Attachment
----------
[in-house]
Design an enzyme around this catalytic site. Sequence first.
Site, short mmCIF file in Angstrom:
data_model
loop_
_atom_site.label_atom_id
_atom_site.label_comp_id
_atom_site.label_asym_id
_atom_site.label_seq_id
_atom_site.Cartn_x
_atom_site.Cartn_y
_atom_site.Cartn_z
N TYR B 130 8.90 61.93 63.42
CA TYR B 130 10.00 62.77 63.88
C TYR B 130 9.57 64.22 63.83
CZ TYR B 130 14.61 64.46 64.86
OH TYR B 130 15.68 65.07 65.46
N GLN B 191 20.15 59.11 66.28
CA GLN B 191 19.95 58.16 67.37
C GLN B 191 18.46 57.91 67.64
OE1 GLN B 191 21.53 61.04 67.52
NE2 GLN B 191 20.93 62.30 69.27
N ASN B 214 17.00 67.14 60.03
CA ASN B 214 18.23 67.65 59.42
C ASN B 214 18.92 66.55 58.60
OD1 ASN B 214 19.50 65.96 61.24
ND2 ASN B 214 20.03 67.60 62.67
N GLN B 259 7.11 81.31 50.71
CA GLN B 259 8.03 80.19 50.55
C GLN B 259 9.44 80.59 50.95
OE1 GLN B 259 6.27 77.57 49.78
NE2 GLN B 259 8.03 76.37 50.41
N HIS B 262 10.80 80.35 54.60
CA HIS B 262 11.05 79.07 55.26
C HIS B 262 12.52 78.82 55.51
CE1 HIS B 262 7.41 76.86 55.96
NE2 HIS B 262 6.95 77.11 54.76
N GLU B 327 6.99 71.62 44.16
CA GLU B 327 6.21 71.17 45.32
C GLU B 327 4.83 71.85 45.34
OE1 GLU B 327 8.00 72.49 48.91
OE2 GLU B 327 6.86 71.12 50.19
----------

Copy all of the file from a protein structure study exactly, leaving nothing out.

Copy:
[in-house]
Design an enzyme around this catalytic site. Sequence first.
Site, short mmCIF file in Angstrom:
data_model
loop_
_atom_site.label_atom_id
_atom_site.label_comp_id
_atom_site.label_asym_id
_atom_site.label_seq_id
_atom_site.Cartn_x
_atom_site.Cartn_y
_atom_site.Cartn_z
N TYR B 130 8.90 61.93 63.42
CA TYR B 130 10.00 62.77 63.88
C TYR B 130 9.57 64.22 63.83
CZ TYR B 130 14.61 64.46 64.86
OH TYR B 130 15.68 65.07 65.46
N GLN B 191 20.15 59.11 66.28
CA GLN B 191 19.95 58.16 67.37
C GLN B 191 18.46 57.91 67.64
OE1 GLN B 191 21.53 61.04 67.52
NE2 GLN B 191 20.93 62.30 69.27
N ASN B 214 17.00 67.14 60.03
CA ASN B 214 18.23 67.65 59.42
C ASN B 214 18.92 66.55 58.60
OD1 ASN B 214 19.50 65.96 61.24
ND2 ASN B 214 20.03 67.60 62.67
N GLN B 259 7.11 81.31 50.71
CA GLN B 259 8.03 80.19 50.55
C GLN B 259 9.44 80.59 50.95
OE1 GLN B 259 6.27 77.57 49.78
NE2 GLN B 259 8.03 76.37 50.41
N HIS B 262 10.80 80.35 54.60
CA HIS B 262 11.05 79.07 55.26
C HIS B 262 12.52 78.82 55.51
CE1 HIS B 262 7.41 76.86 55.96
NE2 HIS B 262 6.95 77.11 54.76
N GLU B 327 6.99 71.62 44.16
CA GLU B 327 6.21 71.17 45.32
C GLU B 327 4.83 71.85 45.34
OE1 GLU B 327 8.00 72.49 48.91
OE2 GLU B 327 6.86 71.12 50.19